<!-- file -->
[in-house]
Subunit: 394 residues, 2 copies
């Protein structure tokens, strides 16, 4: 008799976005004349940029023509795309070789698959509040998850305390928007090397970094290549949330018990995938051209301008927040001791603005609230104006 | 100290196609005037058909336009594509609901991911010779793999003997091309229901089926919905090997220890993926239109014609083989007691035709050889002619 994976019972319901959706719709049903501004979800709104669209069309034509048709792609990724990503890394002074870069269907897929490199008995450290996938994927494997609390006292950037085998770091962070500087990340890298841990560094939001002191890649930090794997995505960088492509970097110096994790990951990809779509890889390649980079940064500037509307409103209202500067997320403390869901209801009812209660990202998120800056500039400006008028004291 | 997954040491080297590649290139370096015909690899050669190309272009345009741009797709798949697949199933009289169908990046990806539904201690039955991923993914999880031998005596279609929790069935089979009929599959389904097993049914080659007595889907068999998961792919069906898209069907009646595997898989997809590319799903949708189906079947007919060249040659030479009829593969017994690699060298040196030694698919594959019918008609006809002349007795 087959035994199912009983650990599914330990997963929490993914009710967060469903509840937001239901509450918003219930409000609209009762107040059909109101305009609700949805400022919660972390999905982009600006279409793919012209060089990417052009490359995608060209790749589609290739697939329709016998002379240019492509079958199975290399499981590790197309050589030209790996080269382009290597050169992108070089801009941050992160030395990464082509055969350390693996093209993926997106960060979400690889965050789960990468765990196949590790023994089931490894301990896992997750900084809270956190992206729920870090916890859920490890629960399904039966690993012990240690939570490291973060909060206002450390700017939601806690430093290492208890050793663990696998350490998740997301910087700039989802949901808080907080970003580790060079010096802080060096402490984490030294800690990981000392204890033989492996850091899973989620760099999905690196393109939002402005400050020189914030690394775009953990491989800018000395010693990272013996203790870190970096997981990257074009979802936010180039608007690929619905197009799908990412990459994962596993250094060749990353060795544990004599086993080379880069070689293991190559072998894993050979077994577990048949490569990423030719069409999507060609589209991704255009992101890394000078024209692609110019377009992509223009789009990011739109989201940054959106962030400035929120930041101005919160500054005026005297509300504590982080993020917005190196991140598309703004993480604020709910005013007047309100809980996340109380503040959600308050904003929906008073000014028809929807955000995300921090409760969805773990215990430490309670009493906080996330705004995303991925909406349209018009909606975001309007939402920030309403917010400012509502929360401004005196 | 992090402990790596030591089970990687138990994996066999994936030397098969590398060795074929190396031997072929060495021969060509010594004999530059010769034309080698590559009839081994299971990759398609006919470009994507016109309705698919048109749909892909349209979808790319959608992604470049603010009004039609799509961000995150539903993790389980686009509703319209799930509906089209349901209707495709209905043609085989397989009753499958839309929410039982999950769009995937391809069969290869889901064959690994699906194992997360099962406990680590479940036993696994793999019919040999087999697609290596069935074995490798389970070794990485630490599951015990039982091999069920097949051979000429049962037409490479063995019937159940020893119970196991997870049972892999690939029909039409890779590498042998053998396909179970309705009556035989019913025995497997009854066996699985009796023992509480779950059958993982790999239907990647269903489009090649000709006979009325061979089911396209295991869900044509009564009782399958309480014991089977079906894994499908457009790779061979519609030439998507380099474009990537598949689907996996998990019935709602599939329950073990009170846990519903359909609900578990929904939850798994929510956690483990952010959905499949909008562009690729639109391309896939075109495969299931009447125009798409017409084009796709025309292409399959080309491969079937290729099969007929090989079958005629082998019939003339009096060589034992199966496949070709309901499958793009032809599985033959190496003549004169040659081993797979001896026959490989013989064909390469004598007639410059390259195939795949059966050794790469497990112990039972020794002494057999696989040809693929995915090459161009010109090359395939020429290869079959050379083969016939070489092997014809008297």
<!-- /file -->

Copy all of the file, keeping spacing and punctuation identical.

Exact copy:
[in-house]
Subunit: 394 residues, 2 copies
């Protein structure tokens, strides 16, 4: 008799976005004349940029023509795309070789698959509040998850305390928007090397970094290549949330018990995938051209301008927040001791603005609230104006 | 100290196609005037058909336009594509609901991911010779793999003997091309229901089926919905090997220890993926239109014609083989007691035709050889002619 994976019972319901959706719709049903501004979800709104669209069309034509048709792609990724990503890394002074870069269907897929490199008995450290996938994927494997609390006292950037085998770091962070500087990340890298841990560094939001002191890649930090794997995505960088492509970097110096994790990951990809779509890889390649980079940064500037509307409103209202500067997320403390869901209801009812209660990202998120800056500039400006008028004291 | 997954040491080297590649290139370096015909690899050669190309272009345009741009797709798949697949199933009289169908990046990806539904201690039955991923993914999880031998005596279609929790069935089979009929599959389904097993049914080659007595889907068999998961792919069906898209069907009646595997898989997809590319799903949708189906079947007919060249040659030479009829593969017994690699060298040196030694698919594959019918008609006809002349007795 087959035994199912009983650990599914330990997963929490993914009710967060469903509840937001239901509450918003219930409000609209009762107040059909109101305009609700949805400022919660972390999905982009600006279409793919012209060089990417052009490359995608060209790749589609290739697939329709016998002379240019492509079958199975290399499981590790197309050589030209790996080269382009290597050169992108070089801009941050992160030395990464082509055969350390693996093209993926997106960060979400690889965050789960990468765990196949590790023994089931490894301990896992997750900084809270956190992206729920870090916890859920490890629960399904039966690993012990240690939570490291973060909060206002450390700017939601806690430093290492208890050793663990696998350490998740997301910087700039989802949901808080907080970003580790060079010096802080060096402490984490030294800690990981000392204890033989492996850091899973989620760099999905690196393109939002402005400050020189914030690394775009953990491989800018000395010693990272013996203790870190970096997981990257074009979802936010180039608007690929619905197009799908990412990459994962596993250094060749990353060795544990004599086993080379880069070689293991190559072998894993050979077994577990048949490569990423030719069409999507060609589209991704255009992101890394000078024209692609110019377009992509223009789009990011739109989201940054959106962030400035929120930041101005919160500054005026005297509300504590982080993020917005190196991140598309703004993480604020709910005013007047309100809980996340109380503040959600308050904003929906008073000014028809929807955000995300921090409760969805773990215990430490309670009493906080996330705004995303991925909406349209018009909606975001309007939402920030309403917010400012509502929360401004005196 | 992090402990790596030591089970990687138990994996066999994936030397098969590398060795074929190396031997072929060495021969060509010594004999530059010769034309080698590559009839081994299971990759398609006919470009994507016109309705698919048109749909892909349209979808790319959608992604470049603010009004039609799509961000995150539903993790389980686009509703319209799930509906089209349901209707495709209905043609085989397989009753499958839309929410039982999950769009995937391809069969290869889901064959690994699906194992997360099962406990680590479940036993696994793999019919040999087999697609290596069935074995490798389970070794990485630490599951015990039982091999069920097949051979000429049962037409490479063995019937159940020893119970196991997870049972892999690939029909039409890779590498042998053998396909179970309705009556035989019913025995497997009854066996699985009796023992509480779950059958993982790999239907990647269903489009090649000709006979009325061979089911396209295991869900044509009564009782399958309480014991089977079906894994499908457009790779061979519609030439998507380099474009990537598949689907996996998990019935709602599939329950073990009170846990519903359909609900578990929904939850798994929510956690483990952010959905499949909008562009690729639109391309896939075109495969299931009447125009798409017409084009796709025309292409399959080309491969079937290729099969007929090989079958005629082998019939003339009096060589034992199966496949070709309901499958793009032809599985033959190496003549004169040659081993797979001896026959490989013989064909390469004598007639410059390259195939795949059966050794790469497990112990039972020794002494057999696989040809693929995915090459161009010109090359395939020429290869079959050379083969016939070489092997014809008297």